MacBooks are a marvel of modern technology, with sturdy, modern, and elegant designs. Their displays look great and they have a premium feel to them. However, as you’d expect, MacBooks cost way more than other laptops in their group.

All the latest MacBooks sport the M1 chip which boats blistering speeds and performance. MacBooks boast top-tier components that can handle anything you throw at it. However, it’s almost impossible to upgrade MacBook components, meaning you’re stuck with what you get.

MacBooks are also pretty limited in terms of the software they can run. This is a slight disadvantage for those who need specific software to accomplish their daily tasks. However, you might be able to find MacOS versions of the software you have in mind.

If you need a sturdy and reliable laptop for handling day-to-day tasks and light gaming, then a macOS laptop will suit you fine. If you use our laptop for energy-intensive software, you’re better of with a Windows laptop

Chrome OS

Chrome OS is the newest kid on the block in terms of PC operating systems. This operating system from Google is based on Google’s Chrome browser. It runs on entry-level, budget laptops known as Chromebooks.

Google created Chromebook to switch students in mind, providing an affordable laptop for students to accomplish academic activities. Chromebooks can handle basic tasks like word processing, internet browsing, and media playback. However, they may not be the best laptops for heavy gaming or computer-aided design.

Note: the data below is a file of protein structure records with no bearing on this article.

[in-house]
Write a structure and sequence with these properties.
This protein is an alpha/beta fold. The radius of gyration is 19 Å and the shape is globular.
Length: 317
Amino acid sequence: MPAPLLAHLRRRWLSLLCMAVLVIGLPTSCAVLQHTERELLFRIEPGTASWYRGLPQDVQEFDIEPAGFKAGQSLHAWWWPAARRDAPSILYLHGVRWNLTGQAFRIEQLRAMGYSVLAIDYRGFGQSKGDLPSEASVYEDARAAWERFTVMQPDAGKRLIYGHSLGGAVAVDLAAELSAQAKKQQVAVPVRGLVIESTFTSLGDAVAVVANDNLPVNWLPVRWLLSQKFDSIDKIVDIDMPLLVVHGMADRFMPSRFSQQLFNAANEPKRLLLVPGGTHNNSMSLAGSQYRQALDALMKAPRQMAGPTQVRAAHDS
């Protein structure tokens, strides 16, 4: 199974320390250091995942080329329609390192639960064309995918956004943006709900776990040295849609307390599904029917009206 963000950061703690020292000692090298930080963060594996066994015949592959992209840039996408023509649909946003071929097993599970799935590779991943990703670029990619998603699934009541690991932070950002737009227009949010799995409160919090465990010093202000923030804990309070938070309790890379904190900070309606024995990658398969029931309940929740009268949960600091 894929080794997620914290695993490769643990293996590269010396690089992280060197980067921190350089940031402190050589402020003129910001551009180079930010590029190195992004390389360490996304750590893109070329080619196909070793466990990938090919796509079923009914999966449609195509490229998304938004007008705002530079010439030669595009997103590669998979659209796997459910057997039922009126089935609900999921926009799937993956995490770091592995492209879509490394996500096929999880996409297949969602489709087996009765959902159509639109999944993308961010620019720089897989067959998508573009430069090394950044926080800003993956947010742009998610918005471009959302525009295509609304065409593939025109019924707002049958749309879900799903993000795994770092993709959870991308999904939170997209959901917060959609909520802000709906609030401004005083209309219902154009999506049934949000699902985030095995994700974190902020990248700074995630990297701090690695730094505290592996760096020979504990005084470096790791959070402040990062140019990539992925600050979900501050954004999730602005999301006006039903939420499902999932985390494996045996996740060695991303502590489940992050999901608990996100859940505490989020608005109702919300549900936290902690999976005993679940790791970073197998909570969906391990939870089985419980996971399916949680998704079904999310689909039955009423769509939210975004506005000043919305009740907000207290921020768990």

That said, if you do some digging, you can snag yourself a powerful Chromebook that can handle energy-intensive tasks. The Google Pixelbook and HP Elite Chromebook are fine examples of these high-powered Chromebooks.

Laptops that run on Chrome OS may have a limited app selection. That’s because Chrome OS is a web-based operating system that stores files and apps on the cloud. However, you can download apps from the Google Playstore directly to your Chromebook.

Decide the Laptop’s Design and Form Factors

These days laptops come in various designs and sizes. You need to lock down on the size and design that suit your specific needs. When it comes to design, all laptops break down into two types, conventional clamshell laptops, and hybrid laptops.

Clamshell Laptops

Clamshell laptops are your typical laptops that open up like clamshells. These laptops have hinges connecting the screen to the display, allowing them to open and close like a clamshell. Most laptops allow the screen to bend back until 180-degrees, but for some, the angle is slightly lesser.

2-in-1 or Hybrid Laptops

2-in-1 laptops get the name because they combine a laptop and tablet in a single unit. All 2-in-1 laptops have a touchscreen display and a keyboard. Hybrid laptops further differentiate into two types and they are:

Bend-Back Hybrids

Bend-back hybrid laptops also have hinges between the display and keyboard like clamshell laptops. However, with bend-back laptops, you can turn back the screen by 360-degrees so it rests behind the keyboard.

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When you bend the screen back, you can use it in tablet mode. For typing, just tilt the screen to a 90-degree angle and type away.